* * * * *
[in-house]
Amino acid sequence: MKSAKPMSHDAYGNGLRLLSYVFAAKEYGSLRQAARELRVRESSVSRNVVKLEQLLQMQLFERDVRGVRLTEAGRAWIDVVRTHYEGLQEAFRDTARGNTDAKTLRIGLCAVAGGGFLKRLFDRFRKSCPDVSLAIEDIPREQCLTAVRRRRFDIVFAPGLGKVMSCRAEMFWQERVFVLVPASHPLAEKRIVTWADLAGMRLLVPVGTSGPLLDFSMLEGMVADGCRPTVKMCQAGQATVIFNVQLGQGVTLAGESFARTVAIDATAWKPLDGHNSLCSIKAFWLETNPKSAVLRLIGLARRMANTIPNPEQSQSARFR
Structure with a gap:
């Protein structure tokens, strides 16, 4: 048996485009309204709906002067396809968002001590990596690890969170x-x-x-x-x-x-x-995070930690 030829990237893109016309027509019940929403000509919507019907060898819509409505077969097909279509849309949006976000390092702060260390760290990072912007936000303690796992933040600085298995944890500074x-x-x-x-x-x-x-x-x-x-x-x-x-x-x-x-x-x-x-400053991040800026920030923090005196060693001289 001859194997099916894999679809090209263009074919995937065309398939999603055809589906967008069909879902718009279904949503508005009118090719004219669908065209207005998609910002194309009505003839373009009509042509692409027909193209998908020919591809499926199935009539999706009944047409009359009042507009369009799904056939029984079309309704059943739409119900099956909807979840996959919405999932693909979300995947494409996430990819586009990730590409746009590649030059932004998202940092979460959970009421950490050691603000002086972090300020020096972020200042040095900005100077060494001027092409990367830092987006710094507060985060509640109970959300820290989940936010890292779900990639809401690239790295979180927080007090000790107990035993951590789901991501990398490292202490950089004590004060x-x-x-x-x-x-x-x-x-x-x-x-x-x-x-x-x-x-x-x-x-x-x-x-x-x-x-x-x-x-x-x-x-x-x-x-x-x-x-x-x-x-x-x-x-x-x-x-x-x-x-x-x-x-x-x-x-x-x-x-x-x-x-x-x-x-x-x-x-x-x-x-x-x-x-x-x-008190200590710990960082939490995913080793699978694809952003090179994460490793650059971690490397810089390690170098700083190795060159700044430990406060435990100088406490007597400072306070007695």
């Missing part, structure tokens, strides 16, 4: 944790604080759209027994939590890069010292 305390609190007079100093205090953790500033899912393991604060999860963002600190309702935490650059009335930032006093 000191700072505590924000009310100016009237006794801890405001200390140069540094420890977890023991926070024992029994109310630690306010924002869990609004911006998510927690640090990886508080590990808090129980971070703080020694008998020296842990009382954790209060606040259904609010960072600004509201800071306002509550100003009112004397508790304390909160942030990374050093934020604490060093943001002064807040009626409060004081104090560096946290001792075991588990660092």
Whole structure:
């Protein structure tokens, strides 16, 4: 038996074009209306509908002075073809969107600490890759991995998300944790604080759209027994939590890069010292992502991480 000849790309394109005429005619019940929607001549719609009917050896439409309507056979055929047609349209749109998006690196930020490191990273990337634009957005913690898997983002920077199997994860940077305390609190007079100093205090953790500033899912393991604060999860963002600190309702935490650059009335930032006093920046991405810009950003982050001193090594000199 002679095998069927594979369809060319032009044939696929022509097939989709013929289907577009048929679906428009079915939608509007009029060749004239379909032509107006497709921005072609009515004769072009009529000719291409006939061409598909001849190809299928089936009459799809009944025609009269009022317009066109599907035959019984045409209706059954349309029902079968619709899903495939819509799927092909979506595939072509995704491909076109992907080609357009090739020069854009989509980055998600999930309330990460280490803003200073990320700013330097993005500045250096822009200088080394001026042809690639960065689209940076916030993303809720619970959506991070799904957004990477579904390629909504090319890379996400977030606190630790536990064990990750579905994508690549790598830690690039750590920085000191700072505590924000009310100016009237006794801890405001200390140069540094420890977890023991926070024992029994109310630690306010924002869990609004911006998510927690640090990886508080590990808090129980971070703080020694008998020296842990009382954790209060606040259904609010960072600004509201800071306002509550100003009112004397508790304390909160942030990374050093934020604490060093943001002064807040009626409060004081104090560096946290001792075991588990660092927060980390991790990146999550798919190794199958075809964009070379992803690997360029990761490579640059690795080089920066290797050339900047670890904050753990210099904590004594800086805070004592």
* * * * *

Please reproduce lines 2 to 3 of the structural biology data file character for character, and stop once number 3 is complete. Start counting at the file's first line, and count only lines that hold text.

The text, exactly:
Amino acid sequence: MKSAKPMSHDAYGNGLRLLSYVFAAKEYGSLRQAARELRVRESSVSRNVVKLEQLLQMQLFERDVRGVRLTEAGRAWIDVVRTHYEGLQEAFRDTARGNTDAKTLRIGLCAVAGGGFLKRLFDRFRKSCPDVSLAIEDIPREQCLTAVRRRRFDIVFAPGLGKVMSCRAEMFWQERVFVLVPASHPLAEKRIVTWADLAGMRLLVPVGTSGPLLDFSMLEGMVADGCRPTVKMCQAGQATVIFNVQLGQGVTLAGESFARTVAIDATAWKPLDGHNSLCSIKAFWLETNPKSAVLRLIGLARRMANTIPNPEQSQSARFR
Structure with a gap: